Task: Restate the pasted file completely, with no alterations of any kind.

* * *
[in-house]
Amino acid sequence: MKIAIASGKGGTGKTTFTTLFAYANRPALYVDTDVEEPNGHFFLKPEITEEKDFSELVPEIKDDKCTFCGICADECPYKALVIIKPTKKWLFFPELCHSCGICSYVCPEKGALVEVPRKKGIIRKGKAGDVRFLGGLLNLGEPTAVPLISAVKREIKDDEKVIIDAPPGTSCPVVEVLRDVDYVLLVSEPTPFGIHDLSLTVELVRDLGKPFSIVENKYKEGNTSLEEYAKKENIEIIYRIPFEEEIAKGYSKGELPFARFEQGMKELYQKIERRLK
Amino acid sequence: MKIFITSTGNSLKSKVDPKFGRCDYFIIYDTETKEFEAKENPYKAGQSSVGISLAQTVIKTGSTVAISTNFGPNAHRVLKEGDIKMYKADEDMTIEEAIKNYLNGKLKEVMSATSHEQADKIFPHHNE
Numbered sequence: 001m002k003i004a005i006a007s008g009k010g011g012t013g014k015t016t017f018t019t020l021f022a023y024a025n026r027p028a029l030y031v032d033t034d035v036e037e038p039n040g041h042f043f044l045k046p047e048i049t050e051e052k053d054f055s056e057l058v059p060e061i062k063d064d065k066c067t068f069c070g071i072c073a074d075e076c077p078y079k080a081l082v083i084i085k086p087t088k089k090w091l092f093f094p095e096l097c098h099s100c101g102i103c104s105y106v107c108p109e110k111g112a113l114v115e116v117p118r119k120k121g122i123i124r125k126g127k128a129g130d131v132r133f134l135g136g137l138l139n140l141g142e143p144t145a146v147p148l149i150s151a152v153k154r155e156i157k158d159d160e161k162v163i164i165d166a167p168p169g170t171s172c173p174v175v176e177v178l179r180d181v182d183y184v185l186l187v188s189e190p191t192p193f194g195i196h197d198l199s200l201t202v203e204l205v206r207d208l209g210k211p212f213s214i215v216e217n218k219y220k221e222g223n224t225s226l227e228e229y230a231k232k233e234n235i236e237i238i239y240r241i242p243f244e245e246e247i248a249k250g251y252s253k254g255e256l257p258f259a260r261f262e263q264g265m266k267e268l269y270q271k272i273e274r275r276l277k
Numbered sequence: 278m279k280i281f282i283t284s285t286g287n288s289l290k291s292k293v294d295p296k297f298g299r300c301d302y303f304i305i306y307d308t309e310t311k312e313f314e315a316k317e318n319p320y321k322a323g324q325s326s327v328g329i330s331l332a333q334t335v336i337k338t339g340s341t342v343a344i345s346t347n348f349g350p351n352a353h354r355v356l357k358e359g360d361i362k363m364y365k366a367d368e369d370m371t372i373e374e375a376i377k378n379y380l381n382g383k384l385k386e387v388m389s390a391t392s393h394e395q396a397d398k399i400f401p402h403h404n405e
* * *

[in-house]
Amino acid sequence: MKIAIASGKGGTGKTTFTTLFAYANRPALYVDTDVEEPNGHFFLKPEITEEKDFSELVPEIKDDKCTFCGICADECPYKALVIIKPTKKWLFFPELCHSCGICSYVCPEKGALVEVPRKKGIIRKGKAGDVRFLGGLLNLGEPTAVPLISAVKREIKDDEKVIIDAPPGTSCPVVEVLRDVDYVLLVSEPTPFGIHDLSLTVELVRDLGKPFSIVENKYKEGNTSLEEYAKKENIEIIYRIPFEEEIAKGYSKGELPFARFEQGMKELYQKIERRLK
Amino acid sequence: MKIFITSTGNSLKSKVDPKFGRCDYFIIYDTETKEFEAKENPYKAGQSSVGISLAQTVIKTGSTVAISTNFGPNAHRVLKEGDIKMYKADEDMTIEEAIKNYLNGKLKEVMSATSHEQADKIFPHHNE
Numbered sequence: 001m002k003i004a005i006a007s008g009k010g011g012t013g014k015t016t017f018t019t020l021f022a023y024a025n026r027p028a029l030y031v032d033t034d035v036e037e038p039n040g041h042f043f044l045k046p047e048i049t050e051e052k053d054f055s056e057l058v059p060e061i062k063d064d065k066c067t068f069c070g071i072c073a074d075e076c077p078y079k080a081l082v083i084i085k086p087t088k089k090w091l092f093f094p095e096l097c098h099s100c101g102i103c104s105y106v107c108p109e110k111g112a113l114v115e116v117p118r119k120k121g122i123i124r125k126g127k128a129g130d131v132r133f134l135g136g137l138l139n140l141g142e143p144t145a146v147p148l149i150s151a152v153k154r155e156i157k158d159d160e161k162v163i164i165d166a167p168p169g170t171s172c173p174v175v176e177v178l179r180d181v182d183y184v185l186l187v188s189e190p191t192p193f194g195i196h197d198l199s200l201t202v203e204l205v206r207d208l209g210k211p212f213s214i215v216e217n218k219y220k221e222g223n224t225s226l227e228e229y230a231k232k233e234n235i236e237i238i239y240r241i242p243f244e245e246e247i248a249k250g251y252s253k254g255e256l257p258f259a260r261f262e263q264g265m266k267e268l269y270q271k272i273e274r275r276l277k
Numbered sequence: 278m279k280i281f282i283t284s285t286g287n288s289l290k291s292k293v294d295p296k297f298g299r300c301d302y303f304i305i306y307d308t309e310t311k312e313f314e315a316k317e318n319p320y321k322a323g324q325s326s327v328g329i330s331l332a333q334t335v336i337k338t339g340s341t342v343a344i345s346t347n348f349g350p351n352a353h354r355v356l357k358e359g360d361i362k363m364y365k366a367d368e369d370m371t372i373e374e375a376i377k378n379y380l381n382g383k384l385k386e387v388m389s390a391t392s393h394e395q396a397d398k399i400f401p402h403h404n405e